Männchen im typischen Prachtkleid (Foto: H. Linke)

Kot­te­lat 1991

First descrip­tion: Notes on the tax­on­omy and dis­tri­b­u­tion of some West­ern Indone­sian fresh­wa­ter fishes, with diag­noses of a new genus and six new species (Pisces: Cyprinidae, Belon­ti­idae, and Chaud­huri­idae). Ichthy­olog­i­cal Explo­ration of Fresh­wa­ters, 2: 273287.

Char­ac­ter­is­tics: total length max. 3.5 cm. Dor­sal struc­ture: IX-​XI, 67, total 1617, anal fin: VII-​IX, 1013, total 1821. Much leaner, with a less high back com­pared to the other species, with the excep­tion of P.parvulus. Adults appear to have a wide oval cross-​section, seen from the front. It dif­fers also in behav­iour and col­oration. The ♂ shows char­ac­ter­is­tic, nagyi–like body col­oration in breed­ing colours: lower half of the body very dark to black, upper half red-​brown. The pat­terns of the unpaired fins dif­fer from the typ­i­cal ones in this species: dor­sal and anal fin are black with white spots and rel­a­tively broad and very lumi­nous white iri­des­cent edges. The ven­tral fins are trans­par­ent, the cau­dal fins have a char­ac­ter­is­tic, pecu­liar red flame pat­tern. It is strik­ing that this coloura­tion is vis­i­ble almost at any time; the species-​typical striped pat­terns can be seen rarely in sex­u­ally mature males (only dur­ing extreme stress). The female shows the striped pat­terns nor­mally , but dur­ing courtship the dress is almost iden­ti­cal with that of the male, includ­ing the red flames of the cau­dal fin. In this sit­u­a­tion it is pos­si­ble – con­sid­er­ing only the colours – to con­fuse the sexes, but the behav­iour (see below) allows clear iden­ti­fi­ca­tion of gender.

Sim­i­lar species: There is no risk of con­fu­sion between males of other species. The struc­turally sim­i­lar species parvu­lus can be dis­tin­guished clearly by col­oration and pat­tern. Only the females can eas­ily be con­fused with parvu­lus in nor­mal coloura­tion and small fry of both species are almost indistinguishable.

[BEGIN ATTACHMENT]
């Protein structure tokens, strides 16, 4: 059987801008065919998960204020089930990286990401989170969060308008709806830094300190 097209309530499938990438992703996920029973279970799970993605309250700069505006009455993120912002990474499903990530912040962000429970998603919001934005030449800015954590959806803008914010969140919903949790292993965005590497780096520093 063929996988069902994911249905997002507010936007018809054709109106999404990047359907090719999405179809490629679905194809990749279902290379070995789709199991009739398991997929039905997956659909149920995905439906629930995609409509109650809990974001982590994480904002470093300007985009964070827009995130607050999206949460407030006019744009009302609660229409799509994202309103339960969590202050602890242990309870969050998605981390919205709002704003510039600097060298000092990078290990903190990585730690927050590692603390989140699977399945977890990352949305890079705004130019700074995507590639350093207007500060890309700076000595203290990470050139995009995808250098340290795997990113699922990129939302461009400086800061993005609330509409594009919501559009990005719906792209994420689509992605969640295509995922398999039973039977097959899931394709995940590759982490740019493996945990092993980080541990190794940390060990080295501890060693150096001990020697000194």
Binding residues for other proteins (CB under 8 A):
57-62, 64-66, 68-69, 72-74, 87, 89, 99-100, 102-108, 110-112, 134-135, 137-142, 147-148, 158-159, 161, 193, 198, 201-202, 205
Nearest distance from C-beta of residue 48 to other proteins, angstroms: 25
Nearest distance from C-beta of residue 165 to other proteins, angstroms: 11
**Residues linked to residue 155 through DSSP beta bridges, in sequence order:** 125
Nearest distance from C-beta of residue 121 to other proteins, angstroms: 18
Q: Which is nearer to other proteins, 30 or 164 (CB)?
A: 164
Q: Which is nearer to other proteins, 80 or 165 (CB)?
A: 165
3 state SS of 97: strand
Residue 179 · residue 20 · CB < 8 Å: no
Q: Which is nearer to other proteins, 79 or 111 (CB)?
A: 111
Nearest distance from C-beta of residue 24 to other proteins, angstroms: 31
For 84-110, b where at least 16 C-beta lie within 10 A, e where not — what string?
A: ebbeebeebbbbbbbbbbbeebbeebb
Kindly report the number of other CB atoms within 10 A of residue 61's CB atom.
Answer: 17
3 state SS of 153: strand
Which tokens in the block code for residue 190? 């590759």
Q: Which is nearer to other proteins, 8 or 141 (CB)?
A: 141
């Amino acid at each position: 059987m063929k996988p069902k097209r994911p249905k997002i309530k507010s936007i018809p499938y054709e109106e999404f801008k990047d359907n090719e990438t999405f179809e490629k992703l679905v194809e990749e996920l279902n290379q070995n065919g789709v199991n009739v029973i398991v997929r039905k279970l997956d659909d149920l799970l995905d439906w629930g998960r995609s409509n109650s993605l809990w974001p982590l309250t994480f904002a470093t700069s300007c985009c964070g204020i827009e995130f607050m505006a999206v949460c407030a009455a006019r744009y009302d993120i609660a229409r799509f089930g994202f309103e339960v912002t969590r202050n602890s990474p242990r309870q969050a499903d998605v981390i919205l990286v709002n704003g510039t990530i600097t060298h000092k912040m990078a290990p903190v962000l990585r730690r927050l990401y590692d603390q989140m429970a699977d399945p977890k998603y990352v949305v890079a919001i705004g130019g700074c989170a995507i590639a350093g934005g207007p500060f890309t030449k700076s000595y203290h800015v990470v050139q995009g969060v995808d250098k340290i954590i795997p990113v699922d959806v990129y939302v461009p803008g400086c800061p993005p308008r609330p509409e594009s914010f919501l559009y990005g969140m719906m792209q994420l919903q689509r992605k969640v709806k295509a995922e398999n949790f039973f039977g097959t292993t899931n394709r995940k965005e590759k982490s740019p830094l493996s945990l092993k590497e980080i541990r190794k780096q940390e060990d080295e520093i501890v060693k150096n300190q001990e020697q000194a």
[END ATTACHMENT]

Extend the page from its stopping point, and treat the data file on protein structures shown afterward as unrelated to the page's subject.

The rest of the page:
Occur­rence /​Dis­tri­b­u­tion: West­ern Bor­neo, Kali­man­tan Barat, Catch­ment of the Kapuas river, between Sun­gai Pen­juh and Anjun­gan, north west of the city of Pon­tianak. Linke describes a habi­tat (pH 4.5, con­duc­tiv­ity 39 micro-​Siemens, tem­per­a­ture 27.6 degrees C), in which this species co-​exists (in dif­fer­ent eco­log­i­cal niches) with another licorice gourami species, P. anjun­ga­nen­sis. Only very few cases of syn­topic occur­rence of licorice gouramis are known and – very obvi­ous in this case – the dif­fer­ence of both sym­bionts plays an impor­tant role. H. Kishi (Team Bor­neo, pri­vate mes­sage 2011) con­firms this use of a com­mon habi­tat for the Sun­gai Kepayang close to Anjun­gan and adds the infor­ma­tion that the species exists ca. 200 km away in the south­ern part of West­ern Kali­man­tan in the Sun­gai Pawan (area near Keta­pang), too and shares its habi­tat with P. quincedim there. But in both cases, how­ever it is not a true sym­bio­sis, but the use of dif­fer­ent niches in a com­mon habitat.

Threat: although P. ornat­i­cauda appears today occa­sion­ally in high num­bers in the inter­na­tional trade, and although sig­nif­i­cantly more loca­tions are known com­pared to the time of its dis­cov­ery, it has to be accepted that the species is highly endan­gered. Part of the orig­i­nal habi­tat is already destroyed and has been trans­formed to palm oil plan­ta­tions. Many of the still exist­ing P.ornaticauda–biotopes have been badly dam­aged by con­t­a­m­i­na­tion with pes­ti­cides. Mainly these habi­tats are more or less affected rem­nants of swamps, still hold­ing black water, but these refuges are get­ting smaller and smaller.